Republican Rep. Vern Buchanan, a self-made Florida millionaire, is only in his third term in Congress, but he already is in charge of fundraising for the Republican Congressional Campaign Committee, and he sits on the powerful House Ways and Means committee.
But all that could be jeopardized. Federal investigations underway could result in Buchanan serving his next term behind bars.
CNN has confirmed there are no fewer than four congressional and federal investigations into Buchanan's business practices, his campaign finances and his alleged attempt to try to stop a witness from talking.
Now that witness is stepping forward in an exclusive interview with CNN. Buchanan's former business partner says the congressman schemed to launder money from his car dealerships into his campaign coffers, and then tried to get others to cover it up.
Many of the questions surrounding Buchanan go back to his auto dealerships in Florida where he made his millions, and back to the days when he worked with his former business partner Sam Kazran.
Their partnership started at what is now a weed-filled lot, the former North Jacksonville Hyundai dealership. Eventually they owned four dealerships together.
"I respected him," Kazran says of their early years together. "I believed him."
But Kazran says he was naive, and that he soon found out the man he believed in was interested in only two things: money and power.
"Mr. Buchanan is a very selfish person, and in my opinion people who go to Congress have got to do good for the people they represent," Kazran says.
Kazran presented to CNN the same information, documents and testimony he has given to federal investigators. The two men had a falling out over their finances, and they've been suing each other for years. Buchanan says Kazran is a disgruntled partner and has lied about what happened.
At the center of Kazran's allegations is a cash swap scheme used to finance some of Buchanan's campaigns. He says employees were forced to write checks, then were reimbursed with cash drawn from Buchanan's car dealerships.
"It was to a point where I said, 'Chief, we can't give you this kind of money. At which point he said, 'Just run it through the corporation,'" Kazran said. "What he said to me was 'Get people to write a check to the campaign and then pay them back through the corporation.'"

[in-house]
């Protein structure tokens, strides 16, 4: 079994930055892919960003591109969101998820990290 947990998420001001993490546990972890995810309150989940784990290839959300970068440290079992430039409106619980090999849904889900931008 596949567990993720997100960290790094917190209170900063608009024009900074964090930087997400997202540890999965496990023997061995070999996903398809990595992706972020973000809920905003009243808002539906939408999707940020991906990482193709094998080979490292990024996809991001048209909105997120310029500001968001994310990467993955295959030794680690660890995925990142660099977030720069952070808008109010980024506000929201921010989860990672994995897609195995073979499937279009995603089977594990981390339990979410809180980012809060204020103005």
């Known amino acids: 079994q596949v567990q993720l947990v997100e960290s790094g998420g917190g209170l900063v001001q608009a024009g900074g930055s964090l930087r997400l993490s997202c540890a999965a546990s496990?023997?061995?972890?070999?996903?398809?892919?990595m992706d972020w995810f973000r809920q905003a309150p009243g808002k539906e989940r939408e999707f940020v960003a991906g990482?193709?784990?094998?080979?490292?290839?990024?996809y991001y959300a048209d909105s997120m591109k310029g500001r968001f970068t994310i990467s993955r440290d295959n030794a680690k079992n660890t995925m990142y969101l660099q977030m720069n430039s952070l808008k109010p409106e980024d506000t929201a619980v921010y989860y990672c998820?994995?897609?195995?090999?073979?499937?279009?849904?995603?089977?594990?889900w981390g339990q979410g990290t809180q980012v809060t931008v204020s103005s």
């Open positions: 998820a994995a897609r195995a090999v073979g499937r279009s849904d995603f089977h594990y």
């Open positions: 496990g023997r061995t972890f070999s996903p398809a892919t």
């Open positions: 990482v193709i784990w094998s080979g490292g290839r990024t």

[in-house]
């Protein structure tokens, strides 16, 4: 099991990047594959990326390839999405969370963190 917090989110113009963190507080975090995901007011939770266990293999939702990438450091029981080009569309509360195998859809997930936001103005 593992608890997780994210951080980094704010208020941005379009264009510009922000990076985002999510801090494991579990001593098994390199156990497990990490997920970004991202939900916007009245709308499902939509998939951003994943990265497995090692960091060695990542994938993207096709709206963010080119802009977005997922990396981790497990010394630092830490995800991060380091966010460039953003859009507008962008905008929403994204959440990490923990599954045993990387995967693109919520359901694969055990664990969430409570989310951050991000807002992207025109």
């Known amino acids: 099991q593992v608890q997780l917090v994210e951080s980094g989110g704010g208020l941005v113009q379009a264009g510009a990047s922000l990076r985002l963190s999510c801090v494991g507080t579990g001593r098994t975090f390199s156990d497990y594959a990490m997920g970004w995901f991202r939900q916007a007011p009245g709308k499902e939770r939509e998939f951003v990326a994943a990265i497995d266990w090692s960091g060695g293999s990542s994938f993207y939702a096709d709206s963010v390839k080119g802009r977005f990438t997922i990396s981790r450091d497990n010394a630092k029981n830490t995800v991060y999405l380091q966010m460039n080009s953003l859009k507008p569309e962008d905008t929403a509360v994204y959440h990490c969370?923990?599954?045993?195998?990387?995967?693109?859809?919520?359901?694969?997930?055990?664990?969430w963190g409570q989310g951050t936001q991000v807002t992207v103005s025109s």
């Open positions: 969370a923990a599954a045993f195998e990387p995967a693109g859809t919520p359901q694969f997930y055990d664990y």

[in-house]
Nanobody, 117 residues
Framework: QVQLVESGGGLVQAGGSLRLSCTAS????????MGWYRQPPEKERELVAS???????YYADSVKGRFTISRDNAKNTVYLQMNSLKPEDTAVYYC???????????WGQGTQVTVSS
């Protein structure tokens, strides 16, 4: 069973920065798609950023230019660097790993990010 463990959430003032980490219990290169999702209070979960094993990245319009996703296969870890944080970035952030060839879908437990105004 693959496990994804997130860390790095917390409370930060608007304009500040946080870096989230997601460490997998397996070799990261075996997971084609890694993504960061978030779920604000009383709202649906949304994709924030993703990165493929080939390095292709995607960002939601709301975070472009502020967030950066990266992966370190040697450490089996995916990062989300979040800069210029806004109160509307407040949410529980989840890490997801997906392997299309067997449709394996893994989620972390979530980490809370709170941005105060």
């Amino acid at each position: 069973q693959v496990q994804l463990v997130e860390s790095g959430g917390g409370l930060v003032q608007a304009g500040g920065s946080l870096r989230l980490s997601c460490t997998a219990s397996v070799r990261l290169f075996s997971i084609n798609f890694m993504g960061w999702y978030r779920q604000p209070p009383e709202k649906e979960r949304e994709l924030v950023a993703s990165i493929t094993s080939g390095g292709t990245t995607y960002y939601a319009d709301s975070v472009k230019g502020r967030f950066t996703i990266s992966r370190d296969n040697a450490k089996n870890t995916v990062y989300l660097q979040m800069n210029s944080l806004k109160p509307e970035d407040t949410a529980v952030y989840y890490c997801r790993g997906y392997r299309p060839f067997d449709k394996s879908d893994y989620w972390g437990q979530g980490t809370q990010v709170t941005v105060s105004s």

Kazran did, and he was soon calling in managers, salesman, even assistants. People who never gave money to campaigns were suddenly writing big checks to Buchanan for Congress and, according to Kazran, getting reimbursed from the dealership. It added up to almost $70,000 at Kazran's dealership alone, he said.
"I remember one of the partners jokingly saying, 'Boss, you have all the money in the world. Why do you want us to pay you the money?' And he said, 'Well, it doesn't look good if it's coming from me.'"
Kazran took his detailed allegations to the Federal Elections Commission, which was already looking into Buchanan's campaign finances. Investigators there wanted to know not only about how the cash-swap scheme was set up, but if the congressman knew about it.
Kazran says there is no question the congressman knew all about it.
The FEC's initial report found "reason to believe" that Buchanan "knowingly and willfully violated" federal election laws. Read the initial FEC report (pdf).
But in a later report the FEC pulled back, saying it found credibility problems with both Kazran and Buchanan and not enough corroborating evidence to back up Kazran's testimony.
The FEC then dropped the investigation into Buchanan, stating, "While there is some other evidence in the record that is consistent with Kazran's general allegations, other evidence supports Buchanan's denials or is ambiguous." Read the FEC report (pdf).
The FEC eventually fined Kazran $5,000 in a settlement because he admitted reimbursing employees for campaign contributions. Kazran has never disputed his involvement, but he says he did it because Buchanan told him to.
While the congressman has said the later FEC report proves he's innocent, the findings at the FEC were more convoluted, stating it came "close to supporting a finding that it is more likely than not" that Buchanan violated the law.
And that's where things get much more serious for the congressman.
During the FEC probe, Buchanan pushed to settle a lawsuit Kazran had brought against him. At the last minute, with a $2.9 million settlement offer from Buchanan dangling in front of him, Kazran says he was given an affidavit to sign.
According to Kazran, the congressman and his attorneys were asking him to sign a statement that was a lie, that Buchanan knew nothing about the campaign cash swap.
Kazran says Buchanan and his team were trying to force him to lie about Buchanan's role in the campaign cash scheme in exchange for the nearly $3 million cash settlement, money which Kazran says he desperately needed, as his finances were in trouble and his wife was suffering from cancer and was undergoing expensive medical treatments.